In an earlier post, I promised you a monthly column by publishing whiz and company president Carolyn. May slipped past us this time while Carolyn was attending Book Expo America (BEA) in the big apple, but she’s back this month to update us that was going on there. BEA–the premier event for publishing industry pros–is where you have to track the trends in book publishing.
For me, this year’s Book Expo America was technical overload. Rather than buy the argument that the digital age means the destruction of the physical book, I prefer to believe that this is an exciting time in publishing.
When someone from Voyager Japan Inc., a mobile phone app company, announced during a BEA panel discussion that they sold more than $600 million e-books last year–with 80% of those to Japanese women in their twenties–I began to envision the possibilities of expanding the small number of leisure-time readers we have in this world. Sure, those women were reading Manga comics on the subway, but who says smaller publishers can’t find the next Manga comic fad? Just as Harry Potter books torpedoed the theory that young males were not readers, I think the digital age is going to bring a whole new audience to our industry.
And with that new audience comes new products. Two in particular caught my eye at BEA.
The first is Google Editions, Google’s forthcoming online e-book store set to open in mid-summer. Purchases made at the universal-access bookstore will be stored online and linked to a customer’s Google account. Google Editions is giving independent booksellers an opportunity to participate in e-book sales, which is good news for us. I like that Google is going to make it relatively simple for publishers without expensive IT staff to have a relatively level playing field in the e-book market.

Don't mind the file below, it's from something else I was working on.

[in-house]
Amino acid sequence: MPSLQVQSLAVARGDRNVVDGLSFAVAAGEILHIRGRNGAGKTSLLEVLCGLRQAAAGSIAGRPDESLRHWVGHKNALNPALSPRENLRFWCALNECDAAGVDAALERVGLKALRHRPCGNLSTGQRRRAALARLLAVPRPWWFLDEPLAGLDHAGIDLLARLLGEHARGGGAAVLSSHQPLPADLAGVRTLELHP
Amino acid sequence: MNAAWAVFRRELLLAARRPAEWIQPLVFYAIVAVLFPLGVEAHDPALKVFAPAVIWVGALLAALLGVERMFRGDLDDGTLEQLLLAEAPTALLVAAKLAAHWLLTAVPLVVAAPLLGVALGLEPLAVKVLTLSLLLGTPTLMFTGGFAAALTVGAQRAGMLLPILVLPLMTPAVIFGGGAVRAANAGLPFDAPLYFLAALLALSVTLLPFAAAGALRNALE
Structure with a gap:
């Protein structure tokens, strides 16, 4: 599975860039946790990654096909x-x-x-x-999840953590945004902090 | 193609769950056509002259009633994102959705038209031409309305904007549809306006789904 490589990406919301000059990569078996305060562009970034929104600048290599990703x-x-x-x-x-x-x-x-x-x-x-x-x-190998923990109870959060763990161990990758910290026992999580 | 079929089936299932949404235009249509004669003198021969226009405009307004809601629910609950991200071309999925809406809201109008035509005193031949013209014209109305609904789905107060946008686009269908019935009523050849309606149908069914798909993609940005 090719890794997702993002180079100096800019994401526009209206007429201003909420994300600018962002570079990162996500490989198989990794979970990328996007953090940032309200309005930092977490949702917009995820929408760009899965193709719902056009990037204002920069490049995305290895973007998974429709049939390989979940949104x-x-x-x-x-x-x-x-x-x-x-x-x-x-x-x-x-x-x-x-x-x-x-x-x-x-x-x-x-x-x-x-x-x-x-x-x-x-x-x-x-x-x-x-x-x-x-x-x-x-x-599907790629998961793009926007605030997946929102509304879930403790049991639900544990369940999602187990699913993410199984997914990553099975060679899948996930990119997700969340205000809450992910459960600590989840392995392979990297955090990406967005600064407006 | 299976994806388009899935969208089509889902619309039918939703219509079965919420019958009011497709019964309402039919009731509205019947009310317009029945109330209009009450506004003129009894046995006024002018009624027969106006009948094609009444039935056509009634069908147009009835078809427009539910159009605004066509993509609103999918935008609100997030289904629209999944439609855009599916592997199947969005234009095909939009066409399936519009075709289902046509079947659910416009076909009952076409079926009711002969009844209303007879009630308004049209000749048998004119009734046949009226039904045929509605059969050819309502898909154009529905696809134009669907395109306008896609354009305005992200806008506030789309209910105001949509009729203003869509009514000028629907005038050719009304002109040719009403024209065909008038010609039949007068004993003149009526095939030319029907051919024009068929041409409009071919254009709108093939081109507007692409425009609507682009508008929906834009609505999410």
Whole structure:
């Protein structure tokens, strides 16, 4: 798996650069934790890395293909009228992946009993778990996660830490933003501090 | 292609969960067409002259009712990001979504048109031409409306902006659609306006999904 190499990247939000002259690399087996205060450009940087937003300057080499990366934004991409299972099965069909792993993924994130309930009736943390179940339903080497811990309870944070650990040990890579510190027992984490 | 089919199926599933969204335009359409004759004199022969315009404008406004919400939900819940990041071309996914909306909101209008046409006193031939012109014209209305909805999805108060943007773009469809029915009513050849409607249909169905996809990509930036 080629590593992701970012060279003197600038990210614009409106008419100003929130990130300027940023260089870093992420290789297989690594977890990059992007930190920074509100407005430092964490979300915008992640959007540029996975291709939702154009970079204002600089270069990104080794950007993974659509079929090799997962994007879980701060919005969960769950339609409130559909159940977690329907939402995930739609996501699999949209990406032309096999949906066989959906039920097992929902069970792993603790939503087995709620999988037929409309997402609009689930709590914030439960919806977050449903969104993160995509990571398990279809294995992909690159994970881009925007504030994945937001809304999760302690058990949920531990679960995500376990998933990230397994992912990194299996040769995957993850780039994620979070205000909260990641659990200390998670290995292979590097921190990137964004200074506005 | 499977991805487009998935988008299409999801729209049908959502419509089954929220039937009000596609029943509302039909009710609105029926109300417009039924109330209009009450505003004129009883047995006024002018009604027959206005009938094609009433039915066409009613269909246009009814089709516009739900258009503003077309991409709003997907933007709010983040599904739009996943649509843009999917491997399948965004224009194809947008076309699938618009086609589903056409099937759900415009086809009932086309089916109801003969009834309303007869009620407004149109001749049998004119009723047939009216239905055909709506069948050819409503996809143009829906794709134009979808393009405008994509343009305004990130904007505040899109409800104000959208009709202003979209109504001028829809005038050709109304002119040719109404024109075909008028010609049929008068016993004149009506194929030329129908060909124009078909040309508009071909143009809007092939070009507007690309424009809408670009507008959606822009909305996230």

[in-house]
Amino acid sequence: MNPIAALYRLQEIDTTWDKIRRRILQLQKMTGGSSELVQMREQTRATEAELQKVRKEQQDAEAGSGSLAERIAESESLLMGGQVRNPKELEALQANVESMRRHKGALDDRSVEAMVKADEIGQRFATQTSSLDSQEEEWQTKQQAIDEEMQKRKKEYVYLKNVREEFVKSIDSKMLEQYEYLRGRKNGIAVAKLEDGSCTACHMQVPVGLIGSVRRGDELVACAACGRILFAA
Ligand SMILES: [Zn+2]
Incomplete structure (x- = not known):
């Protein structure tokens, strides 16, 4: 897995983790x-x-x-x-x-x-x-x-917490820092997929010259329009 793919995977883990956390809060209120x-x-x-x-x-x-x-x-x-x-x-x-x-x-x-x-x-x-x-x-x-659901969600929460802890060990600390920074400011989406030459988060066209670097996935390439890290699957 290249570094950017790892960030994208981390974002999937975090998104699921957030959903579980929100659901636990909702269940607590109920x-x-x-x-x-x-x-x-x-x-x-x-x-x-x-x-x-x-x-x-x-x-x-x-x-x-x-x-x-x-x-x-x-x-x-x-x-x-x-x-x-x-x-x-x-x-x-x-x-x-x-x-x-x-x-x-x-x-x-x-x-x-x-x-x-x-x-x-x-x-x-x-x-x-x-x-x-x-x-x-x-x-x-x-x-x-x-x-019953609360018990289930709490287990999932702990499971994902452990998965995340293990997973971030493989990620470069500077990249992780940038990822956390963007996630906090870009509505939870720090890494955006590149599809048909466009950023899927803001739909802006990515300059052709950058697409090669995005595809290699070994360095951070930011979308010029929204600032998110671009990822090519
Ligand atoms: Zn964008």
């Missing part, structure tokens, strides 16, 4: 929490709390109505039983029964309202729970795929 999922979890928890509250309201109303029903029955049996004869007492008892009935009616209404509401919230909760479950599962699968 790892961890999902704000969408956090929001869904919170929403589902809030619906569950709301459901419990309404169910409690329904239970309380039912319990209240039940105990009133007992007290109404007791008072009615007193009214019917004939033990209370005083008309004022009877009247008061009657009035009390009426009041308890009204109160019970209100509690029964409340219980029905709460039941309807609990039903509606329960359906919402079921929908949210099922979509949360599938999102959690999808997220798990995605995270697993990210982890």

But there’s another product coming out this summer, this time with the brains of Ray Kruzweil behind it. From Baker and Taylor, Blio e-reader software is also making it easy for smaller publishers to participate in the e-book craze. Blio can preserve a book’s printed format, including layout, fonts, and images true to the book’s original form, and in color. If you haven’t seen a Blio demo yet, take a look at this to see where electronic reading devices are heading:
Times are certainly changing in our industry, and we’re still testing the waters to see what works and what doesn’t. I hope you hang on for the ride.